Setting up a Hamshack Hotline Trunk in 3CX PBX

I have a 3CX PBX at home I use for a few things, and I also have a Cisco SPA504g that I use with HamShack Hotline.

I have a second extension setup on the SPA504g for my 3CX system, but I figured it might be a good idea to get the 3CX system to register to HH as a trunk as well! That way I can also make and receive HH calls from my phone and the amazing 3CX application.

I applied for a new trunk line via the HH Support Center, and received it the following morning.

They provided me with three pieces of information;
User: 30027 – This is the extension number assigned to my trunk (Try calling me!)
Password: aprettygoodpasswordwashere
IAX Host: hhap.wizworks.net

The IAX Host is the SIP server, and should accept a SIP Register on port 5060 with the authentication info above.

In the 3CX Management Console, I went to Trunks and clicked Add SIP Trunk.

I selected Generic as the country, and Generic VoIP Provider as the provider.
The Main Trunk Number should be the extension provided above.


I filled out the info where it needs to go, and set the destination for calls to the main trunk number to go straight to my extension, so Ill get them on my mobile or PC.

This SHOULD be all that’s required!
But alas, I am not that lucky today.

The trunk is failing to register.
If we switch over to the 3CX Event Log, we can see the failed registration attempt.

Its worth noting here, that while the log shows the user as 10001@hhap.wizworks.net, this is merely a graphical confusion, as 10001 is the internal number assigned to the trunk by 3CX, and not the actual user that it attempts to register with. 3CX Uses the SIP User ID we entered above to register, but I am still receiving a 403 Forbidden from the hhap.wizworks.net:5060 (which currently resolves to 45.32.49.98) server.

I thought this may be happening due to the second connection I already have from this address, the Cisco SPA504g handset, so I connected to my Unifi Controller and shutdown the PoE to the port the phone is connected to.

Once the phone went offline I tried registering again through 3CX, and this time it gives an error that the service is not available…

I have reached out to the HHOPS team to see if there is any issues currently with the hhap.wizworks.net server, and will update my post here when I hear back, or if I otherwise resolve the issue.

Update:

I heard back from HHOPS!

They gave a few suggestions, and I was able to get things up and running!

Rather than Generic SIP Provider I have used Asterisk as the type, and rather than 5060 for the port, I have used 4569.
It is now successfully registered and appears to be working!


To finalise, I have also setup an Outbound Rule for Hamshack Hotline, where calls to numbers with a length of 5 digits get routed out the new Hamshack Hotline trunk.

Cheap dummy load

Dummy loads are very simple devices, they are a resistor, with 50ohm impedance, and a heatsink to dissipate heat.

I picked up a 50w heatsink from rs components, for $4.80 delivered overnight.

Arrived this morning, attach an SO239 and good to go.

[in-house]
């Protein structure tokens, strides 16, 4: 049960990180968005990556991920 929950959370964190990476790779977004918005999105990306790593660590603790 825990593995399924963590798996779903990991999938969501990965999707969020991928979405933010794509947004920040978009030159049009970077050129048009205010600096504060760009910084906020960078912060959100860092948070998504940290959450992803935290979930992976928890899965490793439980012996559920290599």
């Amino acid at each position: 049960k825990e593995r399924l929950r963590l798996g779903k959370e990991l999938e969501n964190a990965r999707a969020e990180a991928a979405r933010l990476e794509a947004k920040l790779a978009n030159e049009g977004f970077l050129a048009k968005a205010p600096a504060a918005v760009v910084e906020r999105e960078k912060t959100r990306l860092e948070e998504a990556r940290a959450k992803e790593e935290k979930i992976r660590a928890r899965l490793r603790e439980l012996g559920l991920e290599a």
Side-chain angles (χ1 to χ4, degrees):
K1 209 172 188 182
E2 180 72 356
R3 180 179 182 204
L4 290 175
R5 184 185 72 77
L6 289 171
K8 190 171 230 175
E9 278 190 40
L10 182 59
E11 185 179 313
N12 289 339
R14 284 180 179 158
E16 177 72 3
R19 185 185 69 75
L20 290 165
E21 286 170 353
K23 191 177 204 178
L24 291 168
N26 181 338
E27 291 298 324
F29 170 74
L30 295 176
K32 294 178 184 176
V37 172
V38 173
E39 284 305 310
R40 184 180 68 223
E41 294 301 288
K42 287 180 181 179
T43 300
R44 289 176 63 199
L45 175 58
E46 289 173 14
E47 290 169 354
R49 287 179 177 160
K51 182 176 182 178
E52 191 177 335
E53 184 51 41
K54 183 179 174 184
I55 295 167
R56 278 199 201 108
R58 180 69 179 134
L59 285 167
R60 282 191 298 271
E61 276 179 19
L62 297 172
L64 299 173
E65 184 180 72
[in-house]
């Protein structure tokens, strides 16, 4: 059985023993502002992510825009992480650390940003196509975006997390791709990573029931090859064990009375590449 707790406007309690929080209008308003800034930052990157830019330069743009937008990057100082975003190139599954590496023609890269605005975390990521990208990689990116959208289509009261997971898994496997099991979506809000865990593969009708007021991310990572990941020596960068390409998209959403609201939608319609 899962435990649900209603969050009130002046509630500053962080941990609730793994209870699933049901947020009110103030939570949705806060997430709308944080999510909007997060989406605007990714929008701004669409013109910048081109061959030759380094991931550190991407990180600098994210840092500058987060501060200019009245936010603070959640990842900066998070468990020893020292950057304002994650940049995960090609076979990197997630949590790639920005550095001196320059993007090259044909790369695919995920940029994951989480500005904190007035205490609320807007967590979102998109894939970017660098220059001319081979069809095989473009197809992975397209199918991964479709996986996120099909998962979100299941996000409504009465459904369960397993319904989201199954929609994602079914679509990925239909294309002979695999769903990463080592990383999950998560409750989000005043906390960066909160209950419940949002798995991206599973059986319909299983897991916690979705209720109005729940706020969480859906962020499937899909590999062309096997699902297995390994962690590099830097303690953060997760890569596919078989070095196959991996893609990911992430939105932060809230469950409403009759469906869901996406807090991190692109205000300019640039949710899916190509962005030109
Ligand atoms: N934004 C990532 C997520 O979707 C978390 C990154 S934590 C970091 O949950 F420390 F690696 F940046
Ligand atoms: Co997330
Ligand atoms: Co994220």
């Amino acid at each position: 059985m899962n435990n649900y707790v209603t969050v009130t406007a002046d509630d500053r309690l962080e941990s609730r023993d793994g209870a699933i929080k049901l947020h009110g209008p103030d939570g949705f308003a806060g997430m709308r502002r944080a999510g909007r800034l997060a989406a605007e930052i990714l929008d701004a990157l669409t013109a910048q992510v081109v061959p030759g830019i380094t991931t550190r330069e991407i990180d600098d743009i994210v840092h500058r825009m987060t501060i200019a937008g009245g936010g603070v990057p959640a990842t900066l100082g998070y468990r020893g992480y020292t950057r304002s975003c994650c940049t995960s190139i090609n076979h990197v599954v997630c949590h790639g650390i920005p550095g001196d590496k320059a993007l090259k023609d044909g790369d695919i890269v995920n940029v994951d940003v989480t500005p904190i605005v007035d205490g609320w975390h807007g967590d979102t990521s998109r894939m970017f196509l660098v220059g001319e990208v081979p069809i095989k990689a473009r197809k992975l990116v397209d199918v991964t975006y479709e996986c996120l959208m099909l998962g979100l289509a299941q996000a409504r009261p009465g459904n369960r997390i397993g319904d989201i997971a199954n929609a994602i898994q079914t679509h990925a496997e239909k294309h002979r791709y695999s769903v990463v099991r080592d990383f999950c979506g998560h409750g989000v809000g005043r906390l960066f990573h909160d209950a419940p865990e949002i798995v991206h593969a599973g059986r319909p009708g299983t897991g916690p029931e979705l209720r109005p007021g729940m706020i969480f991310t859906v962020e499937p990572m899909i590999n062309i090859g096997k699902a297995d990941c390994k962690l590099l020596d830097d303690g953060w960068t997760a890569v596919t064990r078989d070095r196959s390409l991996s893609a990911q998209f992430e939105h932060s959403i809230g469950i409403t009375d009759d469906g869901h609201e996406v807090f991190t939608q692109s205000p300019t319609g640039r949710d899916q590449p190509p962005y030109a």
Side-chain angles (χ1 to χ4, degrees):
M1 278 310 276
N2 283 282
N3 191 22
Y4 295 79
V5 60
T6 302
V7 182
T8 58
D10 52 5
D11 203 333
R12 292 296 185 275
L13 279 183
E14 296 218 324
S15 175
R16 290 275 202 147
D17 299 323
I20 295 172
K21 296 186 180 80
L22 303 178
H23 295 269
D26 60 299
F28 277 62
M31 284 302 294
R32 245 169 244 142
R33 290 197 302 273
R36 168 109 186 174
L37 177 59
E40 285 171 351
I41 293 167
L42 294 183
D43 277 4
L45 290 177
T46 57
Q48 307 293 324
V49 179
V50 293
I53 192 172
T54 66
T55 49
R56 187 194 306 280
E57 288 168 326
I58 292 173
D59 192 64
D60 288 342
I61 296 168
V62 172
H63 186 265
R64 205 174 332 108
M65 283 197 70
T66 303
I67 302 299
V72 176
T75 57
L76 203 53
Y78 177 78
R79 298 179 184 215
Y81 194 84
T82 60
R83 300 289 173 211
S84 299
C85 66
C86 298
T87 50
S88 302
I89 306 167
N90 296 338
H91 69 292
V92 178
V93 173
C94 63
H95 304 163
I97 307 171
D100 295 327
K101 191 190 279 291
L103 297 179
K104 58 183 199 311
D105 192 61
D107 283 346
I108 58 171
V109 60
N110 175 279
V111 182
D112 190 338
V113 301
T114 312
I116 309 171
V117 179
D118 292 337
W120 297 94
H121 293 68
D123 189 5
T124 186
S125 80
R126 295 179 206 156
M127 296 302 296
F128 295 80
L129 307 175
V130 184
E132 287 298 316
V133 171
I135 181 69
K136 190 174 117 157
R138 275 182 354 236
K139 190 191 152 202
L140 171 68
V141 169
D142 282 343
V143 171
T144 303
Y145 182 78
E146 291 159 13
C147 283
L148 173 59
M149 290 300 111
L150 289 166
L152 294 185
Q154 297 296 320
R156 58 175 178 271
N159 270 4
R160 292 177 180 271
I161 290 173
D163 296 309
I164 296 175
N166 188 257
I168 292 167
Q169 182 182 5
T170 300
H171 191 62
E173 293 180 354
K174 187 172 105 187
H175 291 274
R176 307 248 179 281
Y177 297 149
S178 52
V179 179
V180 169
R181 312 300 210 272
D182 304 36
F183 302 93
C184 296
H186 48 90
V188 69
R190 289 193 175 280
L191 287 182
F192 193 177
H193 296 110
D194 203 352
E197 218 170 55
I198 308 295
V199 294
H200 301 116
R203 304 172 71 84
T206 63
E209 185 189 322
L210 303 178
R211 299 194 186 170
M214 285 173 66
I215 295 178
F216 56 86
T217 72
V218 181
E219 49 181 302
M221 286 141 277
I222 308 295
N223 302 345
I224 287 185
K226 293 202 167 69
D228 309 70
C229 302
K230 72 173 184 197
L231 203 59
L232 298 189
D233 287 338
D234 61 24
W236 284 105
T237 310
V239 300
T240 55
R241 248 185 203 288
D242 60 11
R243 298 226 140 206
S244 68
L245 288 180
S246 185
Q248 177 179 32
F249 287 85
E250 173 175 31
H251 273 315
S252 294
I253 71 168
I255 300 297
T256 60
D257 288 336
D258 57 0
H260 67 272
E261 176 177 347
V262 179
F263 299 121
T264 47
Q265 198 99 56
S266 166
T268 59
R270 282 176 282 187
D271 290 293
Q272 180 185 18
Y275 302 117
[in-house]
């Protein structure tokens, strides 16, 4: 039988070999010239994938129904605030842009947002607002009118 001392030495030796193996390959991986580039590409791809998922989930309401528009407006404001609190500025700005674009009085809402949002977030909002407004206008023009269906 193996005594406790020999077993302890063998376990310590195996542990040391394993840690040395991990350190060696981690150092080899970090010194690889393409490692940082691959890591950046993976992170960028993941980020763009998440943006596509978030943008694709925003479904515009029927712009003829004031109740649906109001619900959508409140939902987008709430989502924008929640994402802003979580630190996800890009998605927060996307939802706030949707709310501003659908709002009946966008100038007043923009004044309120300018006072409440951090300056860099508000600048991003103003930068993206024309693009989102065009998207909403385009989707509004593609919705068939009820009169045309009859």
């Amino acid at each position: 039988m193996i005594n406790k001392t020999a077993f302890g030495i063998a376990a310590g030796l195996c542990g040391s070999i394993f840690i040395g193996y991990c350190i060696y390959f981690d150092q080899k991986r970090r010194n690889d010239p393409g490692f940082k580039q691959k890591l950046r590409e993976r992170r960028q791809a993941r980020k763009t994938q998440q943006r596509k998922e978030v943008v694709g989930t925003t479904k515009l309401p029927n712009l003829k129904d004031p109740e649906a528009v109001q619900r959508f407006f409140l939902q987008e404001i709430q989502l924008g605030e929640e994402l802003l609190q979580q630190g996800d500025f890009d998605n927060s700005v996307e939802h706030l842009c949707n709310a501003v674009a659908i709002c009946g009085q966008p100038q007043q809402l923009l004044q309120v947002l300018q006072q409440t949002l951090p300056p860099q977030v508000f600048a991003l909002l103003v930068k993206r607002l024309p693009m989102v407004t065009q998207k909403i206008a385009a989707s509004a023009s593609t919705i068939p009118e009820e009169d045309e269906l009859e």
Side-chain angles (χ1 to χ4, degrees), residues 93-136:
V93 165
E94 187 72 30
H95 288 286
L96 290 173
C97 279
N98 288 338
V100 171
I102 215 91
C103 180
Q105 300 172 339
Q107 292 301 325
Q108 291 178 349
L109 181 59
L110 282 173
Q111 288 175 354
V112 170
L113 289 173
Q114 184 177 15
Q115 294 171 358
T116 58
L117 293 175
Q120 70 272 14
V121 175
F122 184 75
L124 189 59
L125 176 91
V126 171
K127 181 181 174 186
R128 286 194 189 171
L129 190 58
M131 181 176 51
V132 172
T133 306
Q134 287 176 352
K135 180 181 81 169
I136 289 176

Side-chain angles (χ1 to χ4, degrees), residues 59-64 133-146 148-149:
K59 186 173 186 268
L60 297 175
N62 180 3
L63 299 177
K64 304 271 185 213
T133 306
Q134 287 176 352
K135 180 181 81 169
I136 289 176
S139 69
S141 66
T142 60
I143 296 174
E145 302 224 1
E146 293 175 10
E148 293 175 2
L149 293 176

For short bursts of power I’ll be using this for, <5-25w while tuning down commercial radios to legal limit it should do.

But I’ll need to add a heatsink for anything more or anything sustained.

Designing an even cheaper isolated digital interface for amateur radios

A few months ago, the ACMA made changes to the amateur LCD that allowed foundation class licensees to operate digital modes.

Excited to get into this in the new year, I begun looking into digital interfaces for the radios I already have. There’s many different ways this can be done, from as simple as not using a cable and relying on microphones and speakers, creating a straight through cable from the PC mic input to the radio speaker output and visa versa, to expensive isolated interface boards custom made in the USA.

I wanted an isolated board, because I have enough trouble with interference and noise in my apartment already, so the first two were out (although I did make a straight through cable for my Baofeng UV-5R for SSTV on 2m/70cm).

So I turned to the expensive isolated interfaces.

There’s plenty to choose from l, with different feature levels and prices! From the $230USD RigBlaster, the $200AUD SignalLink USB, and even the cheapest of the bunch, the Easy-Digi coming in at $30-50AUD shipped with slow shipping…

Naturally being a cheap ass I wasn’t overly satisfied with these options..

Luckily though, the Easy-Digi, saved the day! It’s such a simple design, with a published schematic, that it’s not too hard to roll your own with a few changes!

I jumped into EasyEDA and learnt how to do a basic schematic, then designed the interface circuit for audio using two 600:600ohm isolation transformers, and a PTT circuit using a DB9 rs232 connector because it’s easy, although I plan to replace that with a USB-C connector and a ch340 rs232 IC in a later revision!

I used components that I either already have laying around, or can get easily from JayCar for the most part.

The connectors and transformers I ordered from China at about $4-5 for 10pcs each.

With the layout done, I generated a PCB, and moved components around into a rough layout I was happy with, and hit the autoroute button :^)

I forgot to label the PC side connectors for the first revision, but I imagine there will be plenty of other changes I make anyway.

I uploaded the gerbers to JLCPCB to produce a test run of the PCB, which I should have within 2 weeks with the cheap shipping :^)